By Eddie Pipkin

August 11, 2017

I have spent this week home alone.  Other family members have been travelling, and I have had the house to myself, which as a certified introvert, I really enjoy on occasion.  But it also gave me an unexpected perspective when a friend and I got into a conversation about loneliness.  Particularly about loneliness and the church.

There are many lonely people out there (and lonely in different ways).  There are singles who have always been singles.  There are single parents trying to do it all on their own.  There are older men and women who have lost longtime spouses.  There are young adults who don’t have a stable social circle.  There are people dealing with grief or depression or illness who feel isolated and cut off from the sea of humanity around them.  There are as many ways to feel lonely as there are individuals who are experiencing loneliness.

The church—the local congregation—is uniquely positioned to offer hope to lonely people.  Throughout history, people have found connection and community through worship, study, socializing, and service with their neighbors at the local parish or meeting house.  In the past couple of decades, a new issue has come into focus, as we are technologically more connected than ever through our devices, and yet, these instantaneous, ubiquitous connections can leave us feeling more isolated than ever.  We also have been reminded by science just how critical healthy social connections are (including in this article from Pyschology Today, “Lonely Ants Die Young”).  Even the government of the United Kingdom is working with churches to help solve the problem of loneliness among men.

My friend, a person of faith, knows that we are created for community—as Paul Tripp writes, “Our lives are designed to be community projects.”  She knows that church is the place to make authentic connections and grow relationships.  Yet, she related how lonely she often felt in the one place that should be a safe harbor.  And in this experience at least, she is not alone.

How intentional are we as congregational and ministry leaders in reaching out to those who are lonely?  Do we assume that those who feel isolated and unengaged will get connected on their own?  Or do we reach out in specific ways to bridge the gap between people who feel deeply connected and those who struggle to feel connected at all?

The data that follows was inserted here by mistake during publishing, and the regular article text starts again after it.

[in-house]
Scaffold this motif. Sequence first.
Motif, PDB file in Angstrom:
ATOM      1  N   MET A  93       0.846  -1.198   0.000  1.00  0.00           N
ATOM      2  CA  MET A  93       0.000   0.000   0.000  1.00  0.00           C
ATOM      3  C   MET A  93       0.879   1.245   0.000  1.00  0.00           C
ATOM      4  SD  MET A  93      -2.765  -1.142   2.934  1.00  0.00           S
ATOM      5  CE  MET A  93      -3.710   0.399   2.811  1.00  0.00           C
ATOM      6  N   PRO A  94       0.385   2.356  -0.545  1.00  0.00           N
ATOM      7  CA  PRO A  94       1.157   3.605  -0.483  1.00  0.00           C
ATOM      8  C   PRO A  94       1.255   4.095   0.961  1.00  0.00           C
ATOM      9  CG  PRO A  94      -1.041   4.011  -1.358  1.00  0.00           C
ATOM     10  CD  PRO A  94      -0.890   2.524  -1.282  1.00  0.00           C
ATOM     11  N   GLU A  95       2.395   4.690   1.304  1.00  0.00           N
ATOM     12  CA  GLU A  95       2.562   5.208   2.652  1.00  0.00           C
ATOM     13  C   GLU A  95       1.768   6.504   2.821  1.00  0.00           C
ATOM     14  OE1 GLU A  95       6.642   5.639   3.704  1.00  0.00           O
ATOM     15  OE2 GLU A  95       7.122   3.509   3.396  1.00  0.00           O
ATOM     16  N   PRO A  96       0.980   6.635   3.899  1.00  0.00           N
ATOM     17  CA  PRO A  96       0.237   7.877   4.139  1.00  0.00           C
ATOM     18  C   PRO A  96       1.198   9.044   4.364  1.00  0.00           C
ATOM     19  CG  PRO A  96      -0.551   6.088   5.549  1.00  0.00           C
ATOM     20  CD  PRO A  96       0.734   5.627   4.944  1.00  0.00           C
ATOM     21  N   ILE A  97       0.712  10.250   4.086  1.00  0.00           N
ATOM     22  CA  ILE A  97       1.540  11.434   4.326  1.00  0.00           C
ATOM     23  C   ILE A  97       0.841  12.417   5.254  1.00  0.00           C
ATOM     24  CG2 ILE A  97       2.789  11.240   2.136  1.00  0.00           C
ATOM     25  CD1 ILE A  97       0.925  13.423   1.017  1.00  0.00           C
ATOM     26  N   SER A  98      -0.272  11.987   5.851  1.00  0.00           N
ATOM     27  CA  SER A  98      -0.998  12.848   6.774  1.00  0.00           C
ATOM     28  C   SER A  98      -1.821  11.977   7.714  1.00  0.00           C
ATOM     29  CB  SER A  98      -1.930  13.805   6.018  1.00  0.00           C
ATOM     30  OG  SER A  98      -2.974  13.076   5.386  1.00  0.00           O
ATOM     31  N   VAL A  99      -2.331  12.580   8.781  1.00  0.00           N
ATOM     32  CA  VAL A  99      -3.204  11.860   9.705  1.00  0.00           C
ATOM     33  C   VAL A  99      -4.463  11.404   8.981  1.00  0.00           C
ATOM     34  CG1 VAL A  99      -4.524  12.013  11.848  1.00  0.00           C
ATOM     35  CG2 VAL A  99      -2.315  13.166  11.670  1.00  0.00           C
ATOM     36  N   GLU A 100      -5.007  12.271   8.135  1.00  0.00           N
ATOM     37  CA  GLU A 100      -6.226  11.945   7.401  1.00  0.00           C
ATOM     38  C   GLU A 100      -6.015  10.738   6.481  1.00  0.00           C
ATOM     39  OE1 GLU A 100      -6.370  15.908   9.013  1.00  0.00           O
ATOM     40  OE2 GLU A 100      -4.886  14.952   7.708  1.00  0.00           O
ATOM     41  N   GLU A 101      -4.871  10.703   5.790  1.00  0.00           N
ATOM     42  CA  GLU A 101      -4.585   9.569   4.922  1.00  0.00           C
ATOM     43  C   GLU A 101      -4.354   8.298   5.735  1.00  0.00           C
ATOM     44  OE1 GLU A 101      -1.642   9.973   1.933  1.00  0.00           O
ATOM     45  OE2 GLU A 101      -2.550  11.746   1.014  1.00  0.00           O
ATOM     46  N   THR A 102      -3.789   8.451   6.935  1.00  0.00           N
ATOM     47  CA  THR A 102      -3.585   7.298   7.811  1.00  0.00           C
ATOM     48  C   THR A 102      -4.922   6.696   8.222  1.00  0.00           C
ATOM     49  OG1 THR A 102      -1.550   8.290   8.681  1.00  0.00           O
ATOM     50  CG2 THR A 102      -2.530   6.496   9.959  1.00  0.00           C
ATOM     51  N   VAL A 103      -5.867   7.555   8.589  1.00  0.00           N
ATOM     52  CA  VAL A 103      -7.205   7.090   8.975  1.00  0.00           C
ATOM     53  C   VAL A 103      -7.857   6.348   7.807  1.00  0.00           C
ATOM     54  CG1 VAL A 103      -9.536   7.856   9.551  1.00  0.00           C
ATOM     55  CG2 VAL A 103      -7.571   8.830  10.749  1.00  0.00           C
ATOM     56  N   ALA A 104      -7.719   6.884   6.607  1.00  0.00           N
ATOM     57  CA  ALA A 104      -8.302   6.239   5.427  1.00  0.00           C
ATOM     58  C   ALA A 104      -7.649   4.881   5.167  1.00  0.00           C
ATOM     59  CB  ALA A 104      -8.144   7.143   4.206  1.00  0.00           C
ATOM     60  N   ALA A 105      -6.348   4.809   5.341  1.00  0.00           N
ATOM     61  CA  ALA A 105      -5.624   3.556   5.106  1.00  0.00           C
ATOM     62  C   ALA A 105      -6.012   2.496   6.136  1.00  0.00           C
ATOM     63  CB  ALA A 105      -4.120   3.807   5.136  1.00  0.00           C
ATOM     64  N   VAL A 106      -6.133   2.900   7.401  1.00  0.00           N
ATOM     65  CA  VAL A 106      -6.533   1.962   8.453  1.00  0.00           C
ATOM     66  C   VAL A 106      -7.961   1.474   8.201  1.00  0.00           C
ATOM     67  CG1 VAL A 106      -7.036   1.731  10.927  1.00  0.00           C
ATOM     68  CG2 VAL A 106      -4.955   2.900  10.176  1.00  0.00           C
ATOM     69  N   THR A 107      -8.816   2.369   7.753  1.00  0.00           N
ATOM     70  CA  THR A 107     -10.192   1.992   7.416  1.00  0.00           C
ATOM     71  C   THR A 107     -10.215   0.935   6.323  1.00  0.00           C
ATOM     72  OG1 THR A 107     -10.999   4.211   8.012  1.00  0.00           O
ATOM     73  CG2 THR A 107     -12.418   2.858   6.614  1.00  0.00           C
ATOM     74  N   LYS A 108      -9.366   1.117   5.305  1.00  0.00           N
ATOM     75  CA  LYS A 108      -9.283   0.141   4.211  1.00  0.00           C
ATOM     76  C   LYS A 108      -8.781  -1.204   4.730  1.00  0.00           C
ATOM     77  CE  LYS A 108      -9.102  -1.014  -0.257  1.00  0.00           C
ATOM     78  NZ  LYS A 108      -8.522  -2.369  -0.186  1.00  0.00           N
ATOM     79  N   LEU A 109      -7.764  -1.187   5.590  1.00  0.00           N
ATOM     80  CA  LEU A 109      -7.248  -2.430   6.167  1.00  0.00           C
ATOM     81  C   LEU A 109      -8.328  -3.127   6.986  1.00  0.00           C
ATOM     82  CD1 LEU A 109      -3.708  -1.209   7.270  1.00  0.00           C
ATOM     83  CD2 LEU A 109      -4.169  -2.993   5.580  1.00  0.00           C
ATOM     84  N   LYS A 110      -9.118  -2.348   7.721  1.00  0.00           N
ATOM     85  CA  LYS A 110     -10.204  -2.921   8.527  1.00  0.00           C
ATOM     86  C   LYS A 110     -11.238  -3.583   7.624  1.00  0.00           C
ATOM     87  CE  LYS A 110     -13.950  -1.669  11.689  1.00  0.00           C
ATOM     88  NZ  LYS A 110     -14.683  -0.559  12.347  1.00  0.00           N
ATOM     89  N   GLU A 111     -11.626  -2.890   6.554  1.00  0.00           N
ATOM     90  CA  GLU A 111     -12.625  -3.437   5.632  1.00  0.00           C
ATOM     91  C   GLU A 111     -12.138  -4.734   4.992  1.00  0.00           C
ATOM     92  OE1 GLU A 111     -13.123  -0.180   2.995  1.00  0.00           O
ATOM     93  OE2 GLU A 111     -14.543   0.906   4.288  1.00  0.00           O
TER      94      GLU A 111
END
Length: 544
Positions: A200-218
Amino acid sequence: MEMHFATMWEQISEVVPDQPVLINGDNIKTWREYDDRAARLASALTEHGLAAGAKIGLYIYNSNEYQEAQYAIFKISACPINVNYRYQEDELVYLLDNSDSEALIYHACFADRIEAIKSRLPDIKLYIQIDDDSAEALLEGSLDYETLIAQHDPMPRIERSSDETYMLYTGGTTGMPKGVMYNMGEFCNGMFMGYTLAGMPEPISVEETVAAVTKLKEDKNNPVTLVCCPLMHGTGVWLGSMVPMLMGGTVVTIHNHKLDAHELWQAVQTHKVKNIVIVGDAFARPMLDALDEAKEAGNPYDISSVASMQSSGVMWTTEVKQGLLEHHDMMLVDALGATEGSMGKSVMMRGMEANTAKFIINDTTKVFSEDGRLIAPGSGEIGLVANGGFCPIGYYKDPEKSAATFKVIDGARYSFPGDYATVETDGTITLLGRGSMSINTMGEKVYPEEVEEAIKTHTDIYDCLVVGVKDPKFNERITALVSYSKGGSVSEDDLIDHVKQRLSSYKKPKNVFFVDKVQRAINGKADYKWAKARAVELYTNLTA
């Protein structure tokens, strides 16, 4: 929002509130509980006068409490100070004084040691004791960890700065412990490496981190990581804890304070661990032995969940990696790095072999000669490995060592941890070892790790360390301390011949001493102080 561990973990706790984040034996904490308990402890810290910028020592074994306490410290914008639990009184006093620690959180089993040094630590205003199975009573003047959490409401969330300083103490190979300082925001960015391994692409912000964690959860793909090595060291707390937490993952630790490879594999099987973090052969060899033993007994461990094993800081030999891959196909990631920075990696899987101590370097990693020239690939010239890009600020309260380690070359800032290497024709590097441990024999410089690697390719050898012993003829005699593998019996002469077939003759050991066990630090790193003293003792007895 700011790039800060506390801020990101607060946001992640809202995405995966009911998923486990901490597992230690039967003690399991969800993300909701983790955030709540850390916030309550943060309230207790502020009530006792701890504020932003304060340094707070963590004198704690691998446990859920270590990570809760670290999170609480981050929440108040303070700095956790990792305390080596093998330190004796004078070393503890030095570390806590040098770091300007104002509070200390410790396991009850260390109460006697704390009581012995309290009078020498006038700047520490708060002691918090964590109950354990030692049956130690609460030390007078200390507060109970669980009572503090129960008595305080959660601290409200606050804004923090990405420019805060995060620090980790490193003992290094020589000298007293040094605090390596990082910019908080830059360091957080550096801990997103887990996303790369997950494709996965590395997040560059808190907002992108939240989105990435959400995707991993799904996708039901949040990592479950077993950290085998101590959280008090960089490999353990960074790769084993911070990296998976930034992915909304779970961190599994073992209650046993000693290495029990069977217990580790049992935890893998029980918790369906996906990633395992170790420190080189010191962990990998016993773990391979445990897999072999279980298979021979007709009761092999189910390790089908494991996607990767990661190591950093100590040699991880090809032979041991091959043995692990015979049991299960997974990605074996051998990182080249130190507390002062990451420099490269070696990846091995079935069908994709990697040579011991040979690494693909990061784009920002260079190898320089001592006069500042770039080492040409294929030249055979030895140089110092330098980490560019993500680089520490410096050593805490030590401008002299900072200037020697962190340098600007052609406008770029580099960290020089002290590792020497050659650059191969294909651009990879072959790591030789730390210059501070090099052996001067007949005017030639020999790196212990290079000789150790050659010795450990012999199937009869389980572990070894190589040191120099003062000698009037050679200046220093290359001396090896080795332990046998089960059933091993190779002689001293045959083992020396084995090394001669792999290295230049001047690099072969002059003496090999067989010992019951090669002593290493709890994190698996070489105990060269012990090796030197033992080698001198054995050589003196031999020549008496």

Here are some strategies to engage the lonely:

  • Talk about the issue of loneliness in honest ways.  We should be frank about the varieties of loneliness present in our congregations and talk about them on a regular basis.  We should let  people know that they’re not abnormal if they sometimes feel  disconnected from all the activities swirling around them, and that they  are certainly not alone in their experience.  Here’s a recent quote from  9Marks Journal:

Single people living in The Now know all too well Jesus cannot be the “plus one” to the office Christmas party. He can’t go pick up your prescription when you’re bedridden. And he won’t softly lean his head into your shoulder while watching a movie on the couch. Sometimes, acknowledging and empathizing with the pain an individual may be feeling is the best relational balm for sorrow, and often offers a foundation of trust for future pastoral interactions.

  • Give people a clear path in taking a step towards connection.  When people summon the courage to connect with others, we should give them clear and easy options for doing so.  There should be plenty of options for service, socializing, and study that feature different size groups and different settings.  There should be clear direction in church communications (on line, in print, in signage) about how to jump in.